50

There are some programs which automatically start when I turn on my Windows 10. However, I would like to speed up the time it takes my PC to be ready. My solution is to find which software slows down the machine at the start, and delay this software's start. In other words, I want to delay the start of less necessary software.

Though, I am not sure I should spend my time on all this. I have an SSD and I think it is very fast. And if some program takes only milliseconds to start, then I will save my time and effort.

So, how do I know the time it takes a specific program to start at autostart? Here is a list of programs that start automatically when I turn on my PC (however, I cannot see the exact time in seconds or milliseconds - that is what I want to see).

enter image description here

  • Your image link appears to be broken from my side at least. Do some searching on Windows 10 boot logging and see if that'll help you any. – Pimp Juice IT Apr 24 '17 at 13:25
  • 7
    I think the rollback was not necessary. – Tim G. Apr 24 '17 at 19:38
  • 1
    Looks like this question is rewritten from British English to American English. That is not a necessary edit – Hohmannfan Apr 25 '17 at 7:58
  • 20
    "programme" is not correct even in British English when referring to computer software. – Cody Gray Apr 25 '17 at 9:05
  • 1
    @Hohmannfan there were other things in the edit too such as putting the image in the body rather than using a link. – Tim G. Apr 25 '17 at 12:32
104

On the same tab in the Task Manager, right click one of the column headers and select CPU at startup from the list that appears. This will display the total CPU time in milliseconds that the application used during startup.

Example:

My Task Manager

  • This doesn't work in my system. All items in the "CPU at startup" column say "0 ms", and the "impact" column says "Not measured". – Martin Argerami Apr 25 '17 at 15:09
  • 1
    @MartinArgerami if it's not measured, then it makes sense not to have a CPU time displayed. I don't think you can change it to make the application be measured either. At least I don't know if you can – Tim G. Apr 25 '17 at 15:34
  • 3
    Thank you for the advice. I found out that Skype takes 3.378ms, Punto Switcher is 988ms, Logitech Gaming Framework is 512ms. I will let Skype start as fast as possible as I need my messages there delivered very fast. The other 3 programs should be postponed using Task Scheduler which allows to run a program at startup with a specified delay. The only problem is that Task Scheduler does not seem to be doing its task reliably. I created a task there to delay the start of my uTorrent by 1 min, and it worked for about a month. Then it stopped working - though i can start uTorrent manually. – Sergey Larin Apr 25 '17 at 16:00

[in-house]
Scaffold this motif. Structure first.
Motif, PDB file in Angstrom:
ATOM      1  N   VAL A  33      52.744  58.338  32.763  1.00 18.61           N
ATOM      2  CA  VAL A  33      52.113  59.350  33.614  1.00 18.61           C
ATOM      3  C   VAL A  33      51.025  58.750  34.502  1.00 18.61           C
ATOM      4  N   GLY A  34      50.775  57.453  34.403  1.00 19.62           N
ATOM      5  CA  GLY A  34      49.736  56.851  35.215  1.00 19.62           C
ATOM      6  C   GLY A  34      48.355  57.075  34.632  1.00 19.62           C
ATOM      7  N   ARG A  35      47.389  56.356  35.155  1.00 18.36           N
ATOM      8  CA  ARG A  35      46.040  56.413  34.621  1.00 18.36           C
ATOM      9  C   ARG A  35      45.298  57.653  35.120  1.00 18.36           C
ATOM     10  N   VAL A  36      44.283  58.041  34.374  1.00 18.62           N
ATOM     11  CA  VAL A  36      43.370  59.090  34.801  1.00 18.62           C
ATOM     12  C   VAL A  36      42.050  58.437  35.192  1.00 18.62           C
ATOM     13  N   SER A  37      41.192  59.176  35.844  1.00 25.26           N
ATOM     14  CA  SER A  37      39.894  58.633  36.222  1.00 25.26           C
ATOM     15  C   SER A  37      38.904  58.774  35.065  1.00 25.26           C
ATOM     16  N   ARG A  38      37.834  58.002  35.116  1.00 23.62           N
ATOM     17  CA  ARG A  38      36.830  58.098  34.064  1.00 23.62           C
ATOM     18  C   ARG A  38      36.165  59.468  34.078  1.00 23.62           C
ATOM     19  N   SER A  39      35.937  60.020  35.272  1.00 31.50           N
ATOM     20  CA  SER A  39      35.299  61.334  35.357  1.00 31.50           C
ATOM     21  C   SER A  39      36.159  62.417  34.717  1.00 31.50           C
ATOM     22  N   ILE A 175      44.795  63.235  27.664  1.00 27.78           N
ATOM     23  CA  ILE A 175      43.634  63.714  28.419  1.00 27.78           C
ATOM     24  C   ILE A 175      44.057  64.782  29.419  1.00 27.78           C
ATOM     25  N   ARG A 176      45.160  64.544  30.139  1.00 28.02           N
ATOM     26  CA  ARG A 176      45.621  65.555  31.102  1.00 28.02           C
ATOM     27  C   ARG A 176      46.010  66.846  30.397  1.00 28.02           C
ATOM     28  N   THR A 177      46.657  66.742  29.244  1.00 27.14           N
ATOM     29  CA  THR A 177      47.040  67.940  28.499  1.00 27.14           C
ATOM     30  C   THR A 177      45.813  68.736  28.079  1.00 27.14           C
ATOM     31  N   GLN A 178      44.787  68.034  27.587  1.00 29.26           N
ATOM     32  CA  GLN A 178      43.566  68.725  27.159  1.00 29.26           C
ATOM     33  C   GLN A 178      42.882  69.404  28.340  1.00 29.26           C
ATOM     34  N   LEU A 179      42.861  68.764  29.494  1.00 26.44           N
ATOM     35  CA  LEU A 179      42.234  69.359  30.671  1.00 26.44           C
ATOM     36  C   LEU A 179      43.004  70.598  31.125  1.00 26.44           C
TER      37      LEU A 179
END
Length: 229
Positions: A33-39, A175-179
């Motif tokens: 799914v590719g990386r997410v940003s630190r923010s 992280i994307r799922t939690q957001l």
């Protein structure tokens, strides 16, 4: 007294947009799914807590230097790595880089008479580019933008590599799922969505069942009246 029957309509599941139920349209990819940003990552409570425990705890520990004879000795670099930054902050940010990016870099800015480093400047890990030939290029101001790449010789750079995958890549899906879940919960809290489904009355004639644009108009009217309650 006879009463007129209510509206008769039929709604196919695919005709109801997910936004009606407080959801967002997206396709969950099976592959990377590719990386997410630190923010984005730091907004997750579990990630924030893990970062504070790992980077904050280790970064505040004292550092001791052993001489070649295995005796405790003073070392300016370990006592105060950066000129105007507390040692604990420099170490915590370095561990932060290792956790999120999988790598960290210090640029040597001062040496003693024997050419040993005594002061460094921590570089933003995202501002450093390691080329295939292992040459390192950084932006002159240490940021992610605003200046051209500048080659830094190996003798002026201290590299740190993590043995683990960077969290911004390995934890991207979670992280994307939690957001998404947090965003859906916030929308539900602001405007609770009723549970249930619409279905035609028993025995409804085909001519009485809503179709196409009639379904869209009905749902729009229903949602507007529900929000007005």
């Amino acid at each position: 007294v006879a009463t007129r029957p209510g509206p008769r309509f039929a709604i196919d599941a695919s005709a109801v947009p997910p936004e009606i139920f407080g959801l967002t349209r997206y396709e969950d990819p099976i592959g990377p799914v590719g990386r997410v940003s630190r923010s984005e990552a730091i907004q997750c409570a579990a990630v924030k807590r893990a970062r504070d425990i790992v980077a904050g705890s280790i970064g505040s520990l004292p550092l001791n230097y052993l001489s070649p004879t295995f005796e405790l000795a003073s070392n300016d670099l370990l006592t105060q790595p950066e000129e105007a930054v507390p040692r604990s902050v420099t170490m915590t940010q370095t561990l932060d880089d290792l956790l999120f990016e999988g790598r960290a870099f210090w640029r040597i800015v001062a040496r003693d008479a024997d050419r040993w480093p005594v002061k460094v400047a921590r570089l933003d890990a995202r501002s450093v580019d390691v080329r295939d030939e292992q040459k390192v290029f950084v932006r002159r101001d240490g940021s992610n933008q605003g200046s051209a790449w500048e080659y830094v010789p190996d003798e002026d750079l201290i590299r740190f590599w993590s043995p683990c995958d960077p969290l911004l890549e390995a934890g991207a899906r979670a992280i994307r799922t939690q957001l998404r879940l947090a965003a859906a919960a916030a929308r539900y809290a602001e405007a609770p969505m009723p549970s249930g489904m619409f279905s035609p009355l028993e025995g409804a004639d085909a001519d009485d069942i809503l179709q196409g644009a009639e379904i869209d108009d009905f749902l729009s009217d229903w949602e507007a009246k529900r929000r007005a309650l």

• So, i decided to find another way. There is a question about how to delay specified programs and one user suggested using an MS DOS way create a start.bat file. I still don't understand how to do it, as I am a PC noob who does not know that MS DOS code. Can anybody help me run those 3 programs with delay? PS it would be better not to install any autostart management apps. – Sergey Larin Apr 25 '17 at 16:05
  • 2
    There's a plethora of tabs in Startup that I wasn't even aware of (CPU load, disk load, etc.). Yes, this answer definitely does work for my system (W10 1607). – PNDA Apr 27 '17 at 2:31
1

Performance Monitor is a simple yet powerful visualization tool for viewing performance data, both in real time and from log files. With it, you can examine performance data in a graph, histogram, or report. You can use the Performance Monitor like so:

perfmon /report
  • I tried to include their image when tells the story, but the image import tool wouldn't allow it. I hate to just post links but I was pressed for time and these are accurate. Perhaps I can go back and get a screenshot instead. But if you just do it you will see what I mean. Perfmon is confusing; hence my suggestion that you let it generate a report. – SDsolar Apr 26 '17 at 8:27
  • I ran the command you advised me, but I could not find the time which specific programs take at my PC's start. How do I find this time using this Perfmon? – Sergey Larin Apr 26 '17 at 19:37
0

When your program is started at startup, does this mean it's configured in the "task scheduler" (part of settings)? In that case, you can look there to see when it has started, and in the "History" tab you can see the whole lifecycle (including the "Action completed" timestamp.

  • only one program uses Task Scheduler. The others were set to start at Windows start-up in their own settings. Although, I tried to find the startup time even for that one praogram. Guess what? The function was disabled. – Sergey Larin Apr 26 '17 at 19:45

Your Answer

By clicking “Post Your Answer”, you agree to our terms of service, privacy policy and cookie policy

Not the answer you're looking for? Browse other questions tagged or ask your own question.